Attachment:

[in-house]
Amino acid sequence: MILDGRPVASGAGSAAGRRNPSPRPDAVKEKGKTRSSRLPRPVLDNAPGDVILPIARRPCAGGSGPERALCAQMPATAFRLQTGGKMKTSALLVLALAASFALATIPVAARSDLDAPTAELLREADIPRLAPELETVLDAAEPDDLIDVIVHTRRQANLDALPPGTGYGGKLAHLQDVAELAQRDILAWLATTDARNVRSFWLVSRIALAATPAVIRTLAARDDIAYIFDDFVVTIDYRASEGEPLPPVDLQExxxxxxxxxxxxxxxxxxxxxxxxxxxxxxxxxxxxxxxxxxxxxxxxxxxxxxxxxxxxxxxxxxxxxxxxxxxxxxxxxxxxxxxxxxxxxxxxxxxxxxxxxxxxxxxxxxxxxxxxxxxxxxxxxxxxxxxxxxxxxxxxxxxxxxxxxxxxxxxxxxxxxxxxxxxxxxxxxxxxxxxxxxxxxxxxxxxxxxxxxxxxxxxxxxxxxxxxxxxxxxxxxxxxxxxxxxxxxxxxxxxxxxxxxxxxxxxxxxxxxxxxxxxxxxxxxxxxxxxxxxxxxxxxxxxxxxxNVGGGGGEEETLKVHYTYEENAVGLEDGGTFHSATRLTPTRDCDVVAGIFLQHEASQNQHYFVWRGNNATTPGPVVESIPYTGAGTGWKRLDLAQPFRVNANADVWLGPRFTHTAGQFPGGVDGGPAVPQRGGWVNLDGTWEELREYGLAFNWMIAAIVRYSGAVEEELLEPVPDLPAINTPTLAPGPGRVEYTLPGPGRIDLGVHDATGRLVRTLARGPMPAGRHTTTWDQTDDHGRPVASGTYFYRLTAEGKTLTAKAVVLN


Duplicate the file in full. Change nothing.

[in-house]
Amino acid sequence: MILDGRPVASGAGSAAGRRNPSPRPDAVKEKGKTRSSRLPRPVLDNAPGDVILPIARRPCAGGSGPERALCAQMPATAFRLQTGGKMKTSALLVLALAASFALATIPVAARSDLDAPTAELLREADIPRLAPELETVLDAAEPDDLIDVIVHTRRQANLDALPPGTGYGGKLAHLQDVAELAQRDILAWLATTDARNVRSFWLVSRIALAATPAVIRTLAARDDIAYIFDDFVVTIDYRASEGEPLPPVDLQExxxxxxxxxxxxxxxxxxxxxxxxxxxxxxxxxxxxxxxxxxxxxxxxxxxxxxxxxxxxxxxxxxxxxxxxxxxxxxxxxxxxxxxxxxxxxxxxxxxxxxxxxxxxxxxxxxxxxxxxxxxxxxxxxxxxxxxxxxxxxxxxxxxxxxxxxxxxxxxxxxxxxxxxxxxxxxxxxxxxxxxxxxxxxxxxxxxxxxxxxxxxxxxxxxxxxxxxxxxxxxxxxxxxxxxxxxxxxxxxxxxxxxxxxxxxxxxxxxxxxxxxxxxxxxxxxxxxxxxxxxxxxxxxxxxxxxxNVGGGGGEEETLKVHYTYEENAVGLEDGGTFHSATRLTPTRDCDVVAGIFLQHEASQNQHYFVWRGNNATTPGPVVESIPYTGAGTGWKRLDLAQPFRVNANADVWLGPRFTHTAGQFPGGVDGGPAVPQRGGWVNLDGTWEELREYGLAFNWMIAAIVRYSGAVEEELLEPVPDLPAINTPTLAPGPGRVEYTLPGPGRIDLGVHDATGRLVRTLARGPMPAGRHTTTWDQTDDHGRPVASGTYFYRLTAEGKTLTAKAVVLN